Vision Statement

El Camino College will be the college of choice for successful student learning that transforms lives, strengthens community, and inspires individuals to excel.

Statement of Values

Our highest value is placed on our students and their educational goals; interwoven in that value is our recognition that the faculty and staff of El Camino College are the College’s stability, its source of strength and its driving force. With this in mind, our five core values are:


We strive to balance the needs of our students, employees and community.


We work in a spirit of cooperation and collaboration.


We act ethically and honestly toward our students, colleagues and community.


We recognize and appreciate our similarities and differences.


We aspire to deliver quality and excellence in all we do.

Institutional Effectiveness Outcomes

Institutional effectiveness involves College efforts toward continuous improvement in institutional quality, student success, and fulfillment of the Mission. The College’s integrated assessment, evaluation, and planning processes are put into practice with the ultimate outcome of greater institutional effectiveness - more students from our diverse communities will attain educational success and achieve their academic goals.

The following outcomes will be used to measure progress on student achievement and improvements in institutional effectiveness at El Camino College.

  1. Student Readiness Rate
  2. Successful Course Completion Rate
  3. Remedial English Completion Rate
  4. Remedial Math Completion Rate
  5. Three-Term Persistence Rate
  6. Achievement Rate
  7. Completion Rate
  8. Transfer Rate
  9. Degrees and Certificates awarded
  10. Number of Transfers

Improvement goals to be achieved by the end of the Strategic Plan (Academic Year 2019-2020) are developed through College wide consultation, with annual progress compared with a baseline year. Institutional effectiveness outcomes will be monitored annually for progress on each goal. In addition, an overriding priority is to reduce existing differences in achievement by demographic characteristics across all measures.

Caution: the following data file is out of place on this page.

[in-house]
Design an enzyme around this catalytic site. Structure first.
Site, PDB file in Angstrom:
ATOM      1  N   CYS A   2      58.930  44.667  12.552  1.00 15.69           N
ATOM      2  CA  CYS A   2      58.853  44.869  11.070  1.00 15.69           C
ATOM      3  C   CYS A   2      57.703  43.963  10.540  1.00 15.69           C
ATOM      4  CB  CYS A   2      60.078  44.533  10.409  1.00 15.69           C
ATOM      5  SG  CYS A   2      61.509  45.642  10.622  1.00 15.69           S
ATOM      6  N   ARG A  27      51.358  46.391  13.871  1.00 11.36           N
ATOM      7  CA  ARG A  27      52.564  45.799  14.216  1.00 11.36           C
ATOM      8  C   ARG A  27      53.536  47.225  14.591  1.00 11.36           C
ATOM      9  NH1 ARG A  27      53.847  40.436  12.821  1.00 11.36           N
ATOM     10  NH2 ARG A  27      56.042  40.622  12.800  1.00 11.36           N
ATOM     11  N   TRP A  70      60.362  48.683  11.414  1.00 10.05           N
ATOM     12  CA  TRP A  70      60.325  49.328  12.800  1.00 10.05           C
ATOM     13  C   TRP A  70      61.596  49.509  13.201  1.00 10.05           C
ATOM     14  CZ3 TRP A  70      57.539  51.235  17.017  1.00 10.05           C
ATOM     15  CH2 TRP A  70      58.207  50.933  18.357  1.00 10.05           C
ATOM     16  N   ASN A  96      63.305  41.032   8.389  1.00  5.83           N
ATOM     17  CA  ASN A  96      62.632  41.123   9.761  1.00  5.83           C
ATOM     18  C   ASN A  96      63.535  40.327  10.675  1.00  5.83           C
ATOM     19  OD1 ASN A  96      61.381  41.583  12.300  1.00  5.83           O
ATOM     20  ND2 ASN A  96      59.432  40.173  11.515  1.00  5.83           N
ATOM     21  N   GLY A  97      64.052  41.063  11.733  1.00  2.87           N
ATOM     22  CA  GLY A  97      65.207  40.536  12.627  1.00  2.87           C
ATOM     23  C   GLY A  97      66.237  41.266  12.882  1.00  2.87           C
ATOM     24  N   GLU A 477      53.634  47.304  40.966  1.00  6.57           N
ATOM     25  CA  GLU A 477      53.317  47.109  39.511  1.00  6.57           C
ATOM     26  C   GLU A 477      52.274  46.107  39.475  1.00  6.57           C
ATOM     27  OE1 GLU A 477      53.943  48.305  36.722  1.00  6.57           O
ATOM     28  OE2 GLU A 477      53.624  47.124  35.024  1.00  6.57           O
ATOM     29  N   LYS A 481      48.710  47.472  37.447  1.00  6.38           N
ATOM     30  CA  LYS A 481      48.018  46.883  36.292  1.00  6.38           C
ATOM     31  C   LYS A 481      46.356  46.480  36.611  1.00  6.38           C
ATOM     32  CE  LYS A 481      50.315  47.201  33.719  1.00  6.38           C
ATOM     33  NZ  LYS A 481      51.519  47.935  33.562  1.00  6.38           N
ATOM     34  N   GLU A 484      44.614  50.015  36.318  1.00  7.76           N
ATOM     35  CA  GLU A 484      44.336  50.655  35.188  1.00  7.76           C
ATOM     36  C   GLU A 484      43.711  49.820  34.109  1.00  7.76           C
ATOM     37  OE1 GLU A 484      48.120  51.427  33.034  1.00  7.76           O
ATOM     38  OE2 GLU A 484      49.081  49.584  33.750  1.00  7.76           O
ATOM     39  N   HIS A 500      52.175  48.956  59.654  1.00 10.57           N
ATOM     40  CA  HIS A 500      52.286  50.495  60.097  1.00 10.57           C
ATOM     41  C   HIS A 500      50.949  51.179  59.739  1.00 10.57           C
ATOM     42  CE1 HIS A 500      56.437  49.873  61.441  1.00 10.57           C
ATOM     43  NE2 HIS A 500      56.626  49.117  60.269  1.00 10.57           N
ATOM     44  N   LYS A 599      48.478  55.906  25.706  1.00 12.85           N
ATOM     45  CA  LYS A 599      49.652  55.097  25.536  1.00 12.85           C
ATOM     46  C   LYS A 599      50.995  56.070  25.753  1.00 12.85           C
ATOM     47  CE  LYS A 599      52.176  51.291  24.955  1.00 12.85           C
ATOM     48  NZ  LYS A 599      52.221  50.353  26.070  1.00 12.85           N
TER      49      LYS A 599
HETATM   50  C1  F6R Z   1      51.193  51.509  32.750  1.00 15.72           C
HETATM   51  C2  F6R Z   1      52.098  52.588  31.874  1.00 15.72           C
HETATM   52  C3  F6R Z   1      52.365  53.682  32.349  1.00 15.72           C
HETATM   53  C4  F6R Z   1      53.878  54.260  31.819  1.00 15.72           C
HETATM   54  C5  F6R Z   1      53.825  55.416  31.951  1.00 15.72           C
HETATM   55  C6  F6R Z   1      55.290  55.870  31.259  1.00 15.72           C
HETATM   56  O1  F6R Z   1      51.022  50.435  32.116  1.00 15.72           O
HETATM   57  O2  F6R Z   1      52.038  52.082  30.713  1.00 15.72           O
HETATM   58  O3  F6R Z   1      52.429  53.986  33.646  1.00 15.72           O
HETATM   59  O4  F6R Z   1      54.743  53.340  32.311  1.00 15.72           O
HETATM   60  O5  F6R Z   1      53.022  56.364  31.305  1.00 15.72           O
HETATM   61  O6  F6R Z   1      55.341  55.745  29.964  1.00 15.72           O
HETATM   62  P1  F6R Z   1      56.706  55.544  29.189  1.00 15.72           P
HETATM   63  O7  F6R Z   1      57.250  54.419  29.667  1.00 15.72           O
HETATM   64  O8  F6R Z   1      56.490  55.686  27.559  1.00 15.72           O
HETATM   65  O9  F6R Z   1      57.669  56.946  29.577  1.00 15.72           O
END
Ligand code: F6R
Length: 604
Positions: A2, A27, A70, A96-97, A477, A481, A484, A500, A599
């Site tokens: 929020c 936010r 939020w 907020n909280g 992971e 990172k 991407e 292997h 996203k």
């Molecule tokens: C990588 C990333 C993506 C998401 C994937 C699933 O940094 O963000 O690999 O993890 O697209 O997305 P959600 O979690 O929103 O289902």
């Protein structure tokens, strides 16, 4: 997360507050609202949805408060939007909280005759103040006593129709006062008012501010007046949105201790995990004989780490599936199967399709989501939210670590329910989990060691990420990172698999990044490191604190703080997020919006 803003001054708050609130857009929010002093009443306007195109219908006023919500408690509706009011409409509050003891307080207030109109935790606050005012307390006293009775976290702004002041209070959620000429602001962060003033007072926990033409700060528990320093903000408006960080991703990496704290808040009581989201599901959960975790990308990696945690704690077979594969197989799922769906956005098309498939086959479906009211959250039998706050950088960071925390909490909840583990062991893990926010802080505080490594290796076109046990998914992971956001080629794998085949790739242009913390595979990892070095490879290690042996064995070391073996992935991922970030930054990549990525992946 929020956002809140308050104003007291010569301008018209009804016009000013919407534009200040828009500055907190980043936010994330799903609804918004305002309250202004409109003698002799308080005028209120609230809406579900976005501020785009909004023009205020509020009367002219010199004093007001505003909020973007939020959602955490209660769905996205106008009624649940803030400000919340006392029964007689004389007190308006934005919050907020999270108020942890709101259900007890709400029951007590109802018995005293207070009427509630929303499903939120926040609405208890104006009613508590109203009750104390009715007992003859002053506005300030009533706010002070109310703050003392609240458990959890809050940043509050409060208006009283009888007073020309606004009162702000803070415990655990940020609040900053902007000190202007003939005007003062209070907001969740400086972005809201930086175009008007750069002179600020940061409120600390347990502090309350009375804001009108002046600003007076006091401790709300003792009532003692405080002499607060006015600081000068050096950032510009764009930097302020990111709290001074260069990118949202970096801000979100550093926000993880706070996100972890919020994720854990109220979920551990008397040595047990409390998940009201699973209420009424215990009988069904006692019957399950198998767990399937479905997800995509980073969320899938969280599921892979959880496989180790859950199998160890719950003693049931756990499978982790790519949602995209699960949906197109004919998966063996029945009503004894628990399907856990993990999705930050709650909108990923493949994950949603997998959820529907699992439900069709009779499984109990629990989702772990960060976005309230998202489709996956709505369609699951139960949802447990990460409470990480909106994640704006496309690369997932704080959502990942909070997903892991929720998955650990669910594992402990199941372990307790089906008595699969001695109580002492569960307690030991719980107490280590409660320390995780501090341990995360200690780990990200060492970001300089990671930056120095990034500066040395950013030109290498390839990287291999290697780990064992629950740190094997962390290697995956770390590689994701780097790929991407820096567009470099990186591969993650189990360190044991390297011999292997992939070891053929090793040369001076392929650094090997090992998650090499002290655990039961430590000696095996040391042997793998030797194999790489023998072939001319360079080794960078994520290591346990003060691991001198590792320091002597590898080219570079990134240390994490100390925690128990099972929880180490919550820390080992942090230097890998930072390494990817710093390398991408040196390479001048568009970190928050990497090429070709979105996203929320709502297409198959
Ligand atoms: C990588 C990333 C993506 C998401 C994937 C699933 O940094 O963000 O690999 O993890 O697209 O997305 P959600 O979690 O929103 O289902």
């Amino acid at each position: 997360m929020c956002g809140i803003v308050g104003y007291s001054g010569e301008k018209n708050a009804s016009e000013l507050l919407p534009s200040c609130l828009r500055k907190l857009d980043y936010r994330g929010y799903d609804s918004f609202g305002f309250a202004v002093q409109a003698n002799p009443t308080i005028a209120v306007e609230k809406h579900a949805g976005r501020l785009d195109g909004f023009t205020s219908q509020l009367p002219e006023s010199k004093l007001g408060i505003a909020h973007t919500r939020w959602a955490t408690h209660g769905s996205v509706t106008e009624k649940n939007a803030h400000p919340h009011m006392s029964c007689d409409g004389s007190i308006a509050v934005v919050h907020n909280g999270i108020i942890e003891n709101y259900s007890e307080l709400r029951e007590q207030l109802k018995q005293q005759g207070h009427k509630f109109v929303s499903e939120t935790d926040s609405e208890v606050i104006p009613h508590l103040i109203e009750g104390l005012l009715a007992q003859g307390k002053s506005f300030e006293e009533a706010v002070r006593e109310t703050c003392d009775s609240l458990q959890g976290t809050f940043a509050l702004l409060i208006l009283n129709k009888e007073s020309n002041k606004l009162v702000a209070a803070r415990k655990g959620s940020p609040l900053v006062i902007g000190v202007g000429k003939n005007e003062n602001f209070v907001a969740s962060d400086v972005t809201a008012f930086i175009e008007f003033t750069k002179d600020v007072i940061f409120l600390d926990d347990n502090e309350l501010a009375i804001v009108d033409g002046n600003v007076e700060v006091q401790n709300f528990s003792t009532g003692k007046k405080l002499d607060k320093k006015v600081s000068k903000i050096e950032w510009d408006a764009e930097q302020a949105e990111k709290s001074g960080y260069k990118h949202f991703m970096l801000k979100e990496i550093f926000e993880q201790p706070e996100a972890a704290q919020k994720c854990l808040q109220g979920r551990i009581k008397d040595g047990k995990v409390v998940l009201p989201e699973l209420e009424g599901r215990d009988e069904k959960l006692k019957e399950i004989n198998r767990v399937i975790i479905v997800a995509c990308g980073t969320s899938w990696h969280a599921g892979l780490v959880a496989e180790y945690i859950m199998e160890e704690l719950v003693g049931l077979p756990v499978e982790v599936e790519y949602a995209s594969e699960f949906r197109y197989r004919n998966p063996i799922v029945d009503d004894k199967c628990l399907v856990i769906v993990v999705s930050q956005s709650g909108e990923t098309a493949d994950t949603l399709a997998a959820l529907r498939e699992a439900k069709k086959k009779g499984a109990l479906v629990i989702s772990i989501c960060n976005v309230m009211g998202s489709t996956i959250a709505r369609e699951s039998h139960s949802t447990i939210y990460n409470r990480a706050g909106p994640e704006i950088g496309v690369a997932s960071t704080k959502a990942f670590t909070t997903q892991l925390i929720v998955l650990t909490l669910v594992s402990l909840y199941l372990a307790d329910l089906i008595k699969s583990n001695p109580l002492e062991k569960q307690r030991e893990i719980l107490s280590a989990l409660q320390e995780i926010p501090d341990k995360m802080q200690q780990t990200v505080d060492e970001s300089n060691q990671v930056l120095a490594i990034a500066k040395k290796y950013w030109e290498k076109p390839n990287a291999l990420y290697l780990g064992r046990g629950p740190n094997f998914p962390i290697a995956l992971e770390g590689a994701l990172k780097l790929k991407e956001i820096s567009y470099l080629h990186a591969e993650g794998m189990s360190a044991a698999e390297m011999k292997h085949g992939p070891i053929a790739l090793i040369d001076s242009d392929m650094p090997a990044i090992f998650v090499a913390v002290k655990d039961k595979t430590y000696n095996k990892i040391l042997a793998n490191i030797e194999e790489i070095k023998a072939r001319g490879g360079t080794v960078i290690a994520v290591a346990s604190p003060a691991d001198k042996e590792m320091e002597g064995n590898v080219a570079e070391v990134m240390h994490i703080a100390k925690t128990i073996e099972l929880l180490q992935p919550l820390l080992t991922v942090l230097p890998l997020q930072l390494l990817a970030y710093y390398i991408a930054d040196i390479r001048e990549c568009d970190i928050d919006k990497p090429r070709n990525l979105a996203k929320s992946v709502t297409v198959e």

Strategic Initiatives

In order to fulfill the mission and make progress toward the vision, El Camino College will focus on the following strategic initiatives. Strategic Initiatives represent the areas of focused improvement. Objectives are College wide plans to make progress on each initiative. Measures assess that progress during the period of the Strategic Plan (2015-16 to 2019-2020).

  1. Student Learning
    Support student learning using a variety of effective instructional methods, educational technologies, and college resources.

    1. Develop a comprehensive professional development plan that ties in with campus plans and initiatives to promote student success.
    2. Incorporate instructional approaches that are positively associated with student success and persistence.
    3. Provide specific and relevant technology training to support integration of technology with instruction.
    4. Provide equipment needed to support faculty use of technology.
    5. Institute outcomes-based conference attendance with a required sharing component for broader College benefit, where applicable.